Total Solar Eclipse | Monday August 21, 2017
If you’ve constructed a personal “bucket list,” you might have listed such items as “spend a months time in Australia” or “travel to all 50 states before you turn 50.” Chances are, crossing off some goals would take considerable time, and might also require a healthy budget.
However, you can easily achieve one of your “bucket list” goals on Monday August 21, 2017. If you’re in Murphy, NC (or nearby) on that afternoon, you’ll be a visible spectator for a not-to-be-missed celestial event for the ages: a total solar eclipse. Even better, you’ll be in one of the best viewing spots on Earth. Read on for your guide to this once-in-a-lifetime eclipse.
ENJOY THIS SOLAR ECLIPSE SNAPSHOT
Because most of us haven’t ever seen a solar eclipse, here’s an easy-to-understand explanation of what will happen on August 21, 2017. First, let’s note the timeframe, as the most exciting action will occur in less than 20 minutes. At 2:33 p.m. EDT, the total solar eclipse begins in North Carolina. At 2:49 p.m. EDT, this spectacular cosmic event comes to an end.
In a nutshell, here’s what happens during a solar eclipse, according to NASA (the National Aeronautics and Space Administration). First, it’s common knowledge that the Moon orbits the Earth. Sometimes, the Moon’s orbit places it between the Sun and the Earth, preventing (at least some of) the Sun’s light from reaching the Earth. When this happens, a solar eclipse takes place. On August 21, Nasa has confirmed that most of North America will experience a 2-3 hour partial eclipse, in which the Moon partially blocks the Sun’s rays.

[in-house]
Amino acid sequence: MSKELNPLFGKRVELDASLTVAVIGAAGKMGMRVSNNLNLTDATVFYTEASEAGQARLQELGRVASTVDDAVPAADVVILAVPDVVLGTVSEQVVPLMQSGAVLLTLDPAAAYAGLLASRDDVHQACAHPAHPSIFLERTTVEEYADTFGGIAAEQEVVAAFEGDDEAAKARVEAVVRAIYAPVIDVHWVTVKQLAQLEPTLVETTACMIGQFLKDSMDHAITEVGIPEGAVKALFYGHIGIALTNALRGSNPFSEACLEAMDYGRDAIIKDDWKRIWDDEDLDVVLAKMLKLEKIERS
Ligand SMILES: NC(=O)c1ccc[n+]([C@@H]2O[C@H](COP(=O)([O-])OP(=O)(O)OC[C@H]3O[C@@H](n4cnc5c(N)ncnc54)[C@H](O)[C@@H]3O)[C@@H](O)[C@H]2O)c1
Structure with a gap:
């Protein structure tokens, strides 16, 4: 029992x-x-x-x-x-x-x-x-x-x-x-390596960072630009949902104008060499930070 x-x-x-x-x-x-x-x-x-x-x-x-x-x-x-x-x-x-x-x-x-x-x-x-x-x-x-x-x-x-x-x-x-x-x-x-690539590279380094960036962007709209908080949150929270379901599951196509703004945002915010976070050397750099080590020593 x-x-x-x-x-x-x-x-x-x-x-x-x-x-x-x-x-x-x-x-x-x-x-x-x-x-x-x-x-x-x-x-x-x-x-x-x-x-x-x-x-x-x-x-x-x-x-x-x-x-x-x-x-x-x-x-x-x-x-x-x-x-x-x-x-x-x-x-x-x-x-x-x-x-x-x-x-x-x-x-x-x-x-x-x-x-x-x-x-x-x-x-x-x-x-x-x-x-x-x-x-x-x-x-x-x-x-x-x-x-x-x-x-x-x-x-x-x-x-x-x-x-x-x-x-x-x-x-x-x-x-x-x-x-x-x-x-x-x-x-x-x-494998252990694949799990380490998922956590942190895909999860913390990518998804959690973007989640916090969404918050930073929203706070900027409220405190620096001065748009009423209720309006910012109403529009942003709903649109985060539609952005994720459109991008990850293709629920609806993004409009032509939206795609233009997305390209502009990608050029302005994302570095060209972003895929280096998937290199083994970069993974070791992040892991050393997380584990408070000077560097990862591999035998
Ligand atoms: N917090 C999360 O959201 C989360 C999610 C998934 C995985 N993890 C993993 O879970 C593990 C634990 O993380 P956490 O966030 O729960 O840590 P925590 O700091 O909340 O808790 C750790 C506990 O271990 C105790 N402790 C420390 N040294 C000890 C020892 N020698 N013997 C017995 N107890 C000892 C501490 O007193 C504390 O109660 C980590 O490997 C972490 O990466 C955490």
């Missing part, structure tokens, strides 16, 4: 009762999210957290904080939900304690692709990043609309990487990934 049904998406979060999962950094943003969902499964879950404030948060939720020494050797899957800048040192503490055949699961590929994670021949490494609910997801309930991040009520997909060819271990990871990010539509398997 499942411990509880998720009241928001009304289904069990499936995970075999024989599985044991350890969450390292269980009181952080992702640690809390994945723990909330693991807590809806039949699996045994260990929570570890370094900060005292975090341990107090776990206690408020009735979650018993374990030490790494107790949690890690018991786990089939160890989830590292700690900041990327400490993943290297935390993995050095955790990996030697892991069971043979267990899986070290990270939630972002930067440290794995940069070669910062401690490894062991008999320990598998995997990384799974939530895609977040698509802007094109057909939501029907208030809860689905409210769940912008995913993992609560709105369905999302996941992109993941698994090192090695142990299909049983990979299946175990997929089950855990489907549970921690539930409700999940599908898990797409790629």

Halfway through this total solar eclipse event, millions of people who live within a 70-mile-wide swath from Oregon to South Carolina and peeking into Georgia, will experience a very short visible total eclipse, in which the Moon, in it’s path, will completely blocks the Sun’s rays from view. Depending on your location, the total eclipse will only last a maximum of 2 minutes and 40 seconds. Continue reading “Guide to Viewing the Total Solar Eclipse in Murphy, NC”